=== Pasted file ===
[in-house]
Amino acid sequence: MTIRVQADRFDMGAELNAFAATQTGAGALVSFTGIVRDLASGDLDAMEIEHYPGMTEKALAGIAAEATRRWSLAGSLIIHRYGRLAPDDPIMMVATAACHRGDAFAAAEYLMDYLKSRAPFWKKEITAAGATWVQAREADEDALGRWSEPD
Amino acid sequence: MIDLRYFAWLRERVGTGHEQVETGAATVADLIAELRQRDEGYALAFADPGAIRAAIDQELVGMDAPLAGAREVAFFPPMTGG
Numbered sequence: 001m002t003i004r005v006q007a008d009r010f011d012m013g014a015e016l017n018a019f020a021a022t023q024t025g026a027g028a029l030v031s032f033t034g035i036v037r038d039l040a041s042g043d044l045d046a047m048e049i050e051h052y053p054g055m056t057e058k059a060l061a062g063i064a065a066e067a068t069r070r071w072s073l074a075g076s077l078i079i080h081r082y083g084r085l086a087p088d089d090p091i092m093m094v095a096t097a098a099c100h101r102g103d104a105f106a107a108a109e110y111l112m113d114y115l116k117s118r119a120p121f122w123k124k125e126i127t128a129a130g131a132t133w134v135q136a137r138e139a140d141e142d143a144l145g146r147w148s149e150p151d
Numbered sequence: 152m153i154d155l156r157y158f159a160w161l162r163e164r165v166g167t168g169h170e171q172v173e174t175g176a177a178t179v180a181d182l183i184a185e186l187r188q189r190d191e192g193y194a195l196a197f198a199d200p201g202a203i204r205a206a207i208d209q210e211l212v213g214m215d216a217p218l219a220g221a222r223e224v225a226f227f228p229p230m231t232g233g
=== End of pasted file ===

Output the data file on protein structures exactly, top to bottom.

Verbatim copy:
[in-house]
Amino acid sequence: MTIRVQADRFDMGAELNAFAATQTGAGALVSFTGIVRDLASGDLDAMEIEHYPGMTEKALAGIAAEATRRWSLAGSLIIHRYGRLAPDDPIMMVATAACHRGDAFAAAEYLMDYLKSRAPFWKKEITAAGATWVQAREADEDALGRWSEPD
Amino acid sequence: MIDLRYFAWLRERVGTGHEQVETGAATVADLIAELRQRDEGYALAFADPGAIRAAIDQELVGMDAPLAGAREVAFFPPMTGG
Numbered sequence: 001m002t003i004r005v006q007a008d009r010f011d012m013g014a015e016l017n018a019f020a021a022t023q024t025g026a027g028a029l030v031s032f033t034g035i036v037r038d039l040a041s042g043d044l045d046a047m048e049i050e051h052y053p054g055m056t057e058k059a060l061a062g063i064a065a066e067a068t069r070r071w072s073l074a075g076s077l078i079i080h081r082y083g084r085l086a087p088d089d090p091i092m093m094v095a096t097a098a099c100h101r102g103d104a105f106a107a108a109e110y111l112m113d114y115l116k117s118r119a120p121f122w123k124k125e126i127t128a129a130g131a132t133w134v135q136a137r138e139a140d141e142d143a144l145g146r147w148s149e150p151d
Numbered sequence: 152m153i154d155l156r157y158f159a160w161l162r163e164r165v166g167t168g169h170e171q172v173e174t175g176a177a178t179v180a181d182l183i184a185e186l187r188q189r190d191e192g193y194a195l196a197f198a199d200p201g202a203i204r205a206a207i208d209q210e211l212v213g214m215d216a217p218l219a220g221a222r223e224v225a226f227f228p229p230m231t232g233g